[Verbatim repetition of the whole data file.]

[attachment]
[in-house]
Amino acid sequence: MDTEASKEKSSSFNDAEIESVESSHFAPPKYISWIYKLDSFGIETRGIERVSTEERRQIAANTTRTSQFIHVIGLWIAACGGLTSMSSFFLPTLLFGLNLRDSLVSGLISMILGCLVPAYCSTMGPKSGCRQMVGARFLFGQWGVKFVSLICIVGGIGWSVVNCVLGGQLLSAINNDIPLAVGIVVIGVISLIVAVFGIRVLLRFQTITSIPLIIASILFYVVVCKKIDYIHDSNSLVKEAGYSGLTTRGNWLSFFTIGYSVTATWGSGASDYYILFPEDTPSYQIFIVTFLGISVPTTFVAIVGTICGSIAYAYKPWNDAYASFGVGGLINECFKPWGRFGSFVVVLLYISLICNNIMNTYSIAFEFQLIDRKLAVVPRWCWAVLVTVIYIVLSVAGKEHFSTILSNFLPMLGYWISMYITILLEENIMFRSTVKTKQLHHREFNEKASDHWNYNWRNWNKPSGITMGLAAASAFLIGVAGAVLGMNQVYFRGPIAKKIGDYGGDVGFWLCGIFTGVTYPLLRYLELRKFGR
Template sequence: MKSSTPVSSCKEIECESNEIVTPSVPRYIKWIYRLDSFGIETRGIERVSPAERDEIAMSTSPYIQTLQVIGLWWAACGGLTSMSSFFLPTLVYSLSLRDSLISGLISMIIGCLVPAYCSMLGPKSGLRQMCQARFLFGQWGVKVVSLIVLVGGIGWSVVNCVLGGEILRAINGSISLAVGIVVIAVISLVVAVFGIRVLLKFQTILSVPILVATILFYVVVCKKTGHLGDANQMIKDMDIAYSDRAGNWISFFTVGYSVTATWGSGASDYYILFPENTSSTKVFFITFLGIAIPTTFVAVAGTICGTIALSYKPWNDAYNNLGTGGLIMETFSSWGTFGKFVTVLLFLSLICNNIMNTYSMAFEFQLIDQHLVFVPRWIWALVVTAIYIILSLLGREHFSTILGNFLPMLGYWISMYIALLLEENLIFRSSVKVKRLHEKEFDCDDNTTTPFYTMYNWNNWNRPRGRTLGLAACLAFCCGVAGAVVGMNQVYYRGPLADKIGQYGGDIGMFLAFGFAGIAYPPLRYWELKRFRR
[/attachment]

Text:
[in-house]
Amino acid sequence: MDTEASKEKSSSFNDAEIESVESSHFAPPKYISWIYKLDSFGIETRGIERVSTEERRQIAANTTRTSQFIHVIGLWIAACGGLTSMSSFFLPTLLFGLNLRDSLVSGLISMILGCLVPAYCSTMGPKSGCRQMVGARFLFGQWGVKFVSLICIVGGIGWSVVNCVLGGQLLSAINNDIPLAVGIVVIGVISLIVAVFGIRVLLRFQTITSIPLIIASILFYVVVCKKIDYIHDSNSLVKEAGYSGLTTRGNWLSFFTIGYSVTATWGSGASDYYILFPEDTPSYQIFIVTFLGISVPTTFVAIVGTICGSIAYAYKPWNDAYASFGVGGLINECFKPWGRFGSFVVVLLYISLICNNIMNTYSIAFEFQLIDRKLAVVPRWCWAVLVTVIYIVLSVAGKEHFSTILSNFLPMLGYWISMYITILLEENIMFRSTVKTKQLHHREFNEKASDHWNYNWRNWNKPSGITMGLAAASAFLIGVAGAVLGMNQVYFRGPIAKKIGDYGGDVGFWLCGIFTGVTYPLLRYLELRKFGR
Template sequence: MKSSTPVSSCKEIECESNEIVTPSVPRYIKWIYRLDSFGIETRGIERVSPAERDEIAMSTSPYIQTLQVIGLWWAACGGLTSMSSFFLPTLVYSLSLRDSLISGLISMIIGCLVPAYCSMLGPKSGLRQMCQARFLFGQWGVKVVSLIVLVGGIGWSVVNCVLGGEILRAINGSISLAVGIVVIAVISLVVAVFGIRVLLKFQTILSVPILVATILFYVVVCKKTGHLGDANQMIKDMDIAYSDRAGNWISFFTVGYSVTATWGSGASDYYILFPENTSSTKVFFITFLGIAIPTTFVAVAGTICGTIALSYKPWNDAYNNLGTGGLIMETFSSWGTFGKFVTVLLFLSLICNNIMNTYSMAFEFQLIDQHLVFVPRWIWALVVTAIYIILSLLGREHFSTILGNFLPMLGYWISMYIALLLEENLIFRSSVKVKRLHEKEFDCDDNTTTPFYTMYNWNNWNRPRGRTLGLAACLAFCCGVAGAVVGMNQVYYRGPLADKIGQYGGDIGMFLAFGFAGIAYPPLRYWELKRFRR